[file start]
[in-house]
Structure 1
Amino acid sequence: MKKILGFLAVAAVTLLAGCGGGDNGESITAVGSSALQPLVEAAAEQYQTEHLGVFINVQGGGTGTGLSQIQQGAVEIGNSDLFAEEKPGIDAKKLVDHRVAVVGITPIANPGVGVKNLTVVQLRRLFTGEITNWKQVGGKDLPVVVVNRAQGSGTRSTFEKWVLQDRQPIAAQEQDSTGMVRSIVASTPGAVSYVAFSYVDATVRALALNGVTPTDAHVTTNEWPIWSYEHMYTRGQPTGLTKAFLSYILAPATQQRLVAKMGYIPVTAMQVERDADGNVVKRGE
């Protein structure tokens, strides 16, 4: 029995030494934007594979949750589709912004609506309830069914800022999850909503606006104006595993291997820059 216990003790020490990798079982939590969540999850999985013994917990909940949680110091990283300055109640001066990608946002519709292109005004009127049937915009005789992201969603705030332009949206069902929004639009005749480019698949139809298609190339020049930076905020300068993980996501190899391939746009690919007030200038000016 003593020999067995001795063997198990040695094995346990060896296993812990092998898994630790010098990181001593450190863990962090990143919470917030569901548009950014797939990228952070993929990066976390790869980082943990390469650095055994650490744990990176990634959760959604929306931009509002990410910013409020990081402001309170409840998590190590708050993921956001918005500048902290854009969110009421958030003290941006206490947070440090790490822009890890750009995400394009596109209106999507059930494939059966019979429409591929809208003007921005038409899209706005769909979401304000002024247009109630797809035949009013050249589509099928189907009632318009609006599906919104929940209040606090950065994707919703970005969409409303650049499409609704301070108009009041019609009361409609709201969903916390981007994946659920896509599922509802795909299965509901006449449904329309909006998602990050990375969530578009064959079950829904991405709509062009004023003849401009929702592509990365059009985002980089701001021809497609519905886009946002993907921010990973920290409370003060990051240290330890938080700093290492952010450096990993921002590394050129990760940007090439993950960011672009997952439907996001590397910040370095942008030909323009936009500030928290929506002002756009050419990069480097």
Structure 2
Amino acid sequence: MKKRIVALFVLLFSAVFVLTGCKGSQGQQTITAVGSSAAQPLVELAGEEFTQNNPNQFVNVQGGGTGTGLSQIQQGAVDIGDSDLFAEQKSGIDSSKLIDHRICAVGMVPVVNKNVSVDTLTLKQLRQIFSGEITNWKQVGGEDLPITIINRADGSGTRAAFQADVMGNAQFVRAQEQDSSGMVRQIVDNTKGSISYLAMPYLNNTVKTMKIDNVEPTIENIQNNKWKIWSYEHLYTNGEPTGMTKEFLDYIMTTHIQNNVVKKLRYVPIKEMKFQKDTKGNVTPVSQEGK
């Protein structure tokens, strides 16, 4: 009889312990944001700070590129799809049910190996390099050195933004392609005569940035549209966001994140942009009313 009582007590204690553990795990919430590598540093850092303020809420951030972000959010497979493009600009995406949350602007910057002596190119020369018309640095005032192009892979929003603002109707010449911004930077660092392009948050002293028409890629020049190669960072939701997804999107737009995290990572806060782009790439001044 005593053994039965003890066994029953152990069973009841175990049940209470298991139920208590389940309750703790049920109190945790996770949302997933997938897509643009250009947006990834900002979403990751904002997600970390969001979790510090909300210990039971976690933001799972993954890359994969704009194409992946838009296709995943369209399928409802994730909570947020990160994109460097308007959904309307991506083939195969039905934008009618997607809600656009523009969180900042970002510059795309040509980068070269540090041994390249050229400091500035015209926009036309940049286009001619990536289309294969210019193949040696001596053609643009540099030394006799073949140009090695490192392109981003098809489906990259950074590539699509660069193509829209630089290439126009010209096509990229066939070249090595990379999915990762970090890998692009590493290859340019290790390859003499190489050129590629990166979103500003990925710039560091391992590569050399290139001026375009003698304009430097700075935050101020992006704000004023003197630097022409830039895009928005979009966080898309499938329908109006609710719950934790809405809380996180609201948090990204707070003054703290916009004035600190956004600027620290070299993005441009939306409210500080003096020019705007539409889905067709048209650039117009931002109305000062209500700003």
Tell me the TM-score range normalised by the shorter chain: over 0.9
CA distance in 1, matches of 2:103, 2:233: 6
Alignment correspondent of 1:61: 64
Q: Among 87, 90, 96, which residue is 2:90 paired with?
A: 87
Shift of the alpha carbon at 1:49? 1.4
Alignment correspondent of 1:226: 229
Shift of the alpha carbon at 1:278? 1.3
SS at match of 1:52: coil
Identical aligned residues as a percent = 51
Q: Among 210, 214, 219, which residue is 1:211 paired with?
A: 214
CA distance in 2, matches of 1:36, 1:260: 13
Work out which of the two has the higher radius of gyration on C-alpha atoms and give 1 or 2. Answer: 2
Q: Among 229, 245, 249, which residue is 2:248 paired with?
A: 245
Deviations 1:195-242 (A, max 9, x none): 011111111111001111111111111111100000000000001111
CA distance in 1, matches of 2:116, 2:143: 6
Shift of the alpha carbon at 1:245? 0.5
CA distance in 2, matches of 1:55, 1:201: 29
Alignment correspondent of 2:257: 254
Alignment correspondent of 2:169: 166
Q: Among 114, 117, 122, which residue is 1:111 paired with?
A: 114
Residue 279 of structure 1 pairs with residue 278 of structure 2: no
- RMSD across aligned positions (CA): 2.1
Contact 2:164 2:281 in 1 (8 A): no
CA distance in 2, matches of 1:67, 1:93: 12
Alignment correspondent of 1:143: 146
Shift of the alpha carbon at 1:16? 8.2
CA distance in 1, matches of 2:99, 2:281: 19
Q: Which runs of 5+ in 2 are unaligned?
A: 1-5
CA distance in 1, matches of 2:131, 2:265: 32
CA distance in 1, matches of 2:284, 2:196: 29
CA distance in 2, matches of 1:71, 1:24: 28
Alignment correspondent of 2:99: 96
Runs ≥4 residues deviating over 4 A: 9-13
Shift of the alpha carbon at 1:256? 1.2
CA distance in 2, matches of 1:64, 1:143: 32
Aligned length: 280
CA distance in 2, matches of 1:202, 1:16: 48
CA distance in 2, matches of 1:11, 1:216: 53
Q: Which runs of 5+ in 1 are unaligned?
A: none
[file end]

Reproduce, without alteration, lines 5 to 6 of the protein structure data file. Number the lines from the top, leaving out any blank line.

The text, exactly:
Structure 2
Amino acid sequence: MKKRIVALFVLLFSAVFVLTGCKGSQGQQTITAVGSSAAQPLVELAGEEFTQNNPNQFVNVQGGGTGTGLSQIQQGAVDIGDSDLFAEQKSGIDSSKLIDHRICAVGMVPVVNKNVSVDTLTLKQLRQIFSGEITNWKQVGGEDLPITIINRADGSGTRAAFQADVMGNAQFVRAQEQDSSGMVRQIVDNTKGSISYLAMPYLNNTVKTMKIDNVEPTIENIQNNKWKIWSYEHLYTNGEPTGMTKEFLDYIMTTHIQNNVVKKLRYVPIKEMKFQKDTKGNVTPVSQEGK